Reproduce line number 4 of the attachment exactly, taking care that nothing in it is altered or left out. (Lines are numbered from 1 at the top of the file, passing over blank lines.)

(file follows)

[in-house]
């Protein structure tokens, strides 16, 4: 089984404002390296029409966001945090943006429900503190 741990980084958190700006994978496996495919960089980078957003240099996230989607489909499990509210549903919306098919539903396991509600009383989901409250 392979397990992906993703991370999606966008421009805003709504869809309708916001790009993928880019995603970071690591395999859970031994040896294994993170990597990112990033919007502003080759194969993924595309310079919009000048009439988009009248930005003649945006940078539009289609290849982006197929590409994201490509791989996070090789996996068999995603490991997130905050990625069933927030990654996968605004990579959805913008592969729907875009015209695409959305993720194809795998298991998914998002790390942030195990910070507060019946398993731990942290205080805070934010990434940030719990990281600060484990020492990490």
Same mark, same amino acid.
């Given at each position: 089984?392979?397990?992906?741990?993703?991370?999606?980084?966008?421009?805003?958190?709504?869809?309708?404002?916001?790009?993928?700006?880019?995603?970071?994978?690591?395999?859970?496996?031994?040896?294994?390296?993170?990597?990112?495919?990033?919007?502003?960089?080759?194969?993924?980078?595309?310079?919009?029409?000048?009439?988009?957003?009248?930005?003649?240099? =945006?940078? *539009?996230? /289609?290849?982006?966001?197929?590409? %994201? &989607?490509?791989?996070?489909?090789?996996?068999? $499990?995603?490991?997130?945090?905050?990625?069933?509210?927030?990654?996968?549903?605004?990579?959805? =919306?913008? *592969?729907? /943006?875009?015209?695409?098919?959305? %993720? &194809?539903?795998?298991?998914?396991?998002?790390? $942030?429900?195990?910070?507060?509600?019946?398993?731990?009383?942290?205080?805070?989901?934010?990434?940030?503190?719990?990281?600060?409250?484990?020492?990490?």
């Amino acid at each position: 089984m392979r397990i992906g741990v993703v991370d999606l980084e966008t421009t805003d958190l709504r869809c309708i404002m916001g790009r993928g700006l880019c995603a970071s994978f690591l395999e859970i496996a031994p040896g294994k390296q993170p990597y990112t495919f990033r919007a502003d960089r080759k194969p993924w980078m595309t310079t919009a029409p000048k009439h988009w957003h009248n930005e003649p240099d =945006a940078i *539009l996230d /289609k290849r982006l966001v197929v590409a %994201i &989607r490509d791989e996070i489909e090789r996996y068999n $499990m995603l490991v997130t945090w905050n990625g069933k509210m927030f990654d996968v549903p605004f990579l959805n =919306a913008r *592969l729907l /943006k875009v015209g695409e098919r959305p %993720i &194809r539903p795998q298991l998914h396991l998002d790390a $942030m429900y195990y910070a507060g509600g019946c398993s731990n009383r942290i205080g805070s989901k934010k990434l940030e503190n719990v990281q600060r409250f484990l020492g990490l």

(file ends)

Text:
């Given at each position: 089984?392979?397990?992906?741990?993703?991370?999606?980084?966008?421009?805003?958190?709504?869809?309708?404002?916001?790009?993928?700006?880019?995603?970071?994978?690591?395999?859970?496996?031994?040896?294994?390296?993170?990597?990112?495919?990033?919007?502003?960089?080759?194969?993924?980078?595309?310079?919009?029409?000048?009439?988009?957003?009248?930005?003649?240099? =945006?940078? *539009?996230? /289609?290849?982006?966001?197929?590409? %994201? &989607?490509?791989?996070?489909?090789?996996?068999? $499990?995603?490991?997130?945090?905050?990625?069933?509210?927030?990654?996968?549903?605004?990579?959805? =919306?913008? *592969?729907? /943006?875009?015209?695409?098919?959305? %993720? &194809?539903?795998?298991?998914?396991?998002?790390? $942030?429900?195990?910070?507060?509600?019946?398993?731990?009383?942290?205080?805070?989901?934010?990434?940030?503190?719990?990281?600060?409250?484990?020492?990490?």